If we don't challenge ourselves, how can we ever expect to improve? ;P

Now, venture forth and earn your XP!


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Taja the Barbarian wrote:
Ravingdork wrote:
Looking to make a character that excels at the Disarm combat maneuver under Athletics. How do I do it? What would you recommend?

Personally, I'd recommend walking away...

Seriously, Disarm is either completely worthless (foes that can't be disarmed or the DC is just too high) or sickeningly overpowered (martial foe is disarmed without any possible counter and is reduced from a 4d12+2d6 endgame weapon to a 1d4 punch), which makes balancing encounters nearly impossible.

Sometimes, the only winning move is not to play...builds like this.

I wouldn't. Maximizing Disarm comes with nice side advantages. You'll certainly also maximize Grapple and Trip. And Grapple critical success restrains a creature, which is also very strong for an effect.

So you have a bunch of available maneuvers with strong effects: Disarming, Restraining or Tripping. And they target either Reflex or Fortitude, so a bit of versatility, too.
In my opinion, a maneuver oriented character is playable as long as your chances for a critical success are high (which means level 10+). I thought of playing such a Summoner but have been discouraged by the 9 first levels. But if you play at high level enough or are ok to play a more generic Summoner in the meantime, I don't see why not going for this build.

Shadow Lodge

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Ravingdork wrote:
Taja the Barbarian wrote:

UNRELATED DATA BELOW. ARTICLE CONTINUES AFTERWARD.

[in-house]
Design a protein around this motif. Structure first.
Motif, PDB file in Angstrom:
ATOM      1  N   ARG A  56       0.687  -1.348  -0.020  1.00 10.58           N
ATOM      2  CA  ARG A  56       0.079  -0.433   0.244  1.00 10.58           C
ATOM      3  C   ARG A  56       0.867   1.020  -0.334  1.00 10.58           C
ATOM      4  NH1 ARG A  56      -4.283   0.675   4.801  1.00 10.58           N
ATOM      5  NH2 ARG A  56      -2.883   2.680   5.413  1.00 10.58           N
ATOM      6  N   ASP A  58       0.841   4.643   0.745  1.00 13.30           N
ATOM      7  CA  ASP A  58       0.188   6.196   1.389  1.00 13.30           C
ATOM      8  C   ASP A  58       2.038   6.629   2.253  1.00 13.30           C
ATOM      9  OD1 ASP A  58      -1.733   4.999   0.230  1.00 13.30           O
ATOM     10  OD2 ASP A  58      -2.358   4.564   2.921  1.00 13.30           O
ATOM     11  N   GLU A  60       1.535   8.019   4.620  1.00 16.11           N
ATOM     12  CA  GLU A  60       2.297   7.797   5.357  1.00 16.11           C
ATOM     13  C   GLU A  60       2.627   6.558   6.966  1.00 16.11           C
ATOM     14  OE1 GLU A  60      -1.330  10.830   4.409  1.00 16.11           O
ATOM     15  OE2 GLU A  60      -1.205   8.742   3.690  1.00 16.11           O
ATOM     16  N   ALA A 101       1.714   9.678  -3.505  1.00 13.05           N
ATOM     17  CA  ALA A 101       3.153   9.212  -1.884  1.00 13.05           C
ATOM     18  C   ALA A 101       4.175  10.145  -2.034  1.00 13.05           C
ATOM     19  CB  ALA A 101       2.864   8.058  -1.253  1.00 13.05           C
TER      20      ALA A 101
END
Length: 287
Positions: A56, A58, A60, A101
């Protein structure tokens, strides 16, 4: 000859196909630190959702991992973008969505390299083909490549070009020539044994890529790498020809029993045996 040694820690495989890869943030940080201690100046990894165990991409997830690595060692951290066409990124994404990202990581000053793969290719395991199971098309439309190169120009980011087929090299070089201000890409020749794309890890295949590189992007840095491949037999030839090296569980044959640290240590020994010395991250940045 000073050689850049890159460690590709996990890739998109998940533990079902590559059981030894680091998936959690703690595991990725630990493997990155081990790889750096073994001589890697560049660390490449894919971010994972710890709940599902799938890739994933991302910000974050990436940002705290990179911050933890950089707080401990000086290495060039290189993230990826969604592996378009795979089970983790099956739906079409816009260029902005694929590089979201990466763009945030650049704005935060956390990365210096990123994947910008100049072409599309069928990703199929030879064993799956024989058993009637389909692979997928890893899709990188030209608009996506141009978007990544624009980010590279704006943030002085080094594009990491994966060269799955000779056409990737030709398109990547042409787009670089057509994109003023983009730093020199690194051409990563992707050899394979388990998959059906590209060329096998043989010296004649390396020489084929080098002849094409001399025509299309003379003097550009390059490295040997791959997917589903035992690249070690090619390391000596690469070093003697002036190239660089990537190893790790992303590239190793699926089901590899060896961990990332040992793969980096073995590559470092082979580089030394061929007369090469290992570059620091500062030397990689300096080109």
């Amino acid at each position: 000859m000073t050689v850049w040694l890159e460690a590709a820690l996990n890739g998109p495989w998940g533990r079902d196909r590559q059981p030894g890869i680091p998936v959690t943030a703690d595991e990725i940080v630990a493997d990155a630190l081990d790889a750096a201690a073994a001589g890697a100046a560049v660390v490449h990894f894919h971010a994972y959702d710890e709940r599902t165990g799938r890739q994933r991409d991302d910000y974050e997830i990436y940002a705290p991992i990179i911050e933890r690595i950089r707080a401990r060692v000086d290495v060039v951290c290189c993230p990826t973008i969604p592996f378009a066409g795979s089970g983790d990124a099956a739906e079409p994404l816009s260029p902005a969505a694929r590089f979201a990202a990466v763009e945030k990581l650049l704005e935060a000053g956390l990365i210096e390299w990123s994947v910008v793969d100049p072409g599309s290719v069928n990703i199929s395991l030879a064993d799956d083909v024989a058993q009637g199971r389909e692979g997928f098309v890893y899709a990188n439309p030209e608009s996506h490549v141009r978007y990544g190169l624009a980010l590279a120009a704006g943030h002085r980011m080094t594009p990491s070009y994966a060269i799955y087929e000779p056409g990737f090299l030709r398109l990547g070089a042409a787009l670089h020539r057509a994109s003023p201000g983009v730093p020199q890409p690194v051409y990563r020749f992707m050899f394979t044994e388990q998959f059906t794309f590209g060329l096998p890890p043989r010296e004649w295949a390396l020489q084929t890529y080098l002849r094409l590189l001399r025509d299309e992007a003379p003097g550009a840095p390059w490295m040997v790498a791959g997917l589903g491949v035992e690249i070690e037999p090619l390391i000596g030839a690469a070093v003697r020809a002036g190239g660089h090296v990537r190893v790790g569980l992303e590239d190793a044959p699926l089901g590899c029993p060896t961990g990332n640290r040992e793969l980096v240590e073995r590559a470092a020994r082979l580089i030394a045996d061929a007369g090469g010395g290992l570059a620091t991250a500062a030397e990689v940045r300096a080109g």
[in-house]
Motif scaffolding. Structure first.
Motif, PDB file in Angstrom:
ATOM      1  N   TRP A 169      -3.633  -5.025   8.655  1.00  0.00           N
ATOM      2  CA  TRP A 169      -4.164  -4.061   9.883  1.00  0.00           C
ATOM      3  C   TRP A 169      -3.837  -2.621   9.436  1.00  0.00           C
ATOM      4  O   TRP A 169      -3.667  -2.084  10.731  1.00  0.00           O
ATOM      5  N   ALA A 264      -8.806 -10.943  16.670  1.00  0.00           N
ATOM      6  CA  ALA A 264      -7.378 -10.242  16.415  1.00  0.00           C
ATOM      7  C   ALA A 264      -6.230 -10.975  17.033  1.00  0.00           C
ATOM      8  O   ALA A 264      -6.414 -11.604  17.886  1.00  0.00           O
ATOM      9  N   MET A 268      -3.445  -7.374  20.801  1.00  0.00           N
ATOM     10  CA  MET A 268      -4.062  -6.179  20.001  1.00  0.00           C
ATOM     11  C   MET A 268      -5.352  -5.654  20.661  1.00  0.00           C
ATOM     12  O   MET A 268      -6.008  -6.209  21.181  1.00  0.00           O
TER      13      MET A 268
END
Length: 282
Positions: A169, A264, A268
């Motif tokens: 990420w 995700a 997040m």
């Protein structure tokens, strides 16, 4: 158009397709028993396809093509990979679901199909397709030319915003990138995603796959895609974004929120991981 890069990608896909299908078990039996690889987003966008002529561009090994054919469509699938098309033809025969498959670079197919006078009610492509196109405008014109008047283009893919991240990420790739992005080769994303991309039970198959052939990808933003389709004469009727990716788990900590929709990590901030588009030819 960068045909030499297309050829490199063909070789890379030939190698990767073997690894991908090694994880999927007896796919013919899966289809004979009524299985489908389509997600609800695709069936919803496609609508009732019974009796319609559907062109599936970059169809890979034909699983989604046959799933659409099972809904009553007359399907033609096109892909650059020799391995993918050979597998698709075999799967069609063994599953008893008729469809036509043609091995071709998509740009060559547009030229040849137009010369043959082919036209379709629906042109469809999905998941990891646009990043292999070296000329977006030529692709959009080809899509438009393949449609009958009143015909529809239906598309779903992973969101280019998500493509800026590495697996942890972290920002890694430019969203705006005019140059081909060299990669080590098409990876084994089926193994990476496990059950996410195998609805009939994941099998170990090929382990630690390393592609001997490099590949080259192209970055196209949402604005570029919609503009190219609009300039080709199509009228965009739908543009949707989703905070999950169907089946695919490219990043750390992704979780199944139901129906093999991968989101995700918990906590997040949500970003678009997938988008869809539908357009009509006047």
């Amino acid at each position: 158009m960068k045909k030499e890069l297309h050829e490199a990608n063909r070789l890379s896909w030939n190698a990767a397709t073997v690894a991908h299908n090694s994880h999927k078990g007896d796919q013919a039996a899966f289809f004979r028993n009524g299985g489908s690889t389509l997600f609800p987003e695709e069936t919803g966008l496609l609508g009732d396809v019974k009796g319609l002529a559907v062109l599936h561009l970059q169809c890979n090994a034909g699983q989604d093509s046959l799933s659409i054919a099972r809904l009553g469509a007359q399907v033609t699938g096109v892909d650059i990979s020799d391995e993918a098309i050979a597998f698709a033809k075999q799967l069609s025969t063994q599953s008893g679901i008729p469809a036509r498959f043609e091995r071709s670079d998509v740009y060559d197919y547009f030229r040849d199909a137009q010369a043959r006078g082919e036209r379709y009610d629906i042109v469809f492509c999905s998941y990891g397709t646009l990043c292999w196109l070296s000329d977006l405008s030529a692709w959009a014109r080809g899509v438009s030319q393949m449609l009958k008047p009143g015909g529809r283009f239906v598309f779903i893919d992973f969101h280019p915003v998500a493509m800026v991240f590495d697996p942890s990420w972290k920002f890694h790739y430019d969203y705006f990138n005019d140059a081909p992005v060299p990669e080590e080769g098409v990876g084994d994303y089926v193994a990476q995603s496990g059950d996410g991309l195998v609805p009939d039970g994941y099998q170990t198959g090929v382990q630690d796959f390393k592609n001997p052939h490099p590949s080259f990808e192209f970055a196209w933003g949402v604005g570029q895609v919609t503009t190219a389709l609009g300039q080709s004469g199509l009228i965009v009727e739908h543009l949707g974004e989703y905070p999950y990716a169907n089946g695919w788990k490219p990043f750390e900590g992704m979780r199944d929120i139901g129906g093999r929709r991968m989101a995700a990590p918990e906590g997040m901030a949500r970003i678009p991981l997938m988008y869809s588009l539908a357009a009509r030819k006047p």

Ravingdork wrote:
Looking to make a character that excels at the Disarm combat maneuver under Athletics. How do I do it? What would you recommend?
Personally, I'd recommend walking away...

If we don't challenge ourselves, how can we ever expect to improve? ;P

Now, venture forth and earn your XP!

Here's how I see it:

If your build fails, you 'lose' because you wasted your time.
If your build succeeds, you still 'lose' because you broke the game.

Which of these outcomes do you consider to be an improvement?


Pathfinder Lost Omens, Rulebook Subscriber

I think you're overselling how bad for the game it is if a complete disarm actually lands.

It's rare enough that when it does happen it's an interesting change of pace not a "multiple times every combat" thing. Enemies with weapons can also retrieve the disarmed weapon, or pull out a backup, or flee. The GM also doesn't have to drop the enemy all the way down to a 1d4 fist attack, because NPCs have different rules, and especially if it's something naturally deadly like a giant or golem they can easily swap in a much beefier fist attack.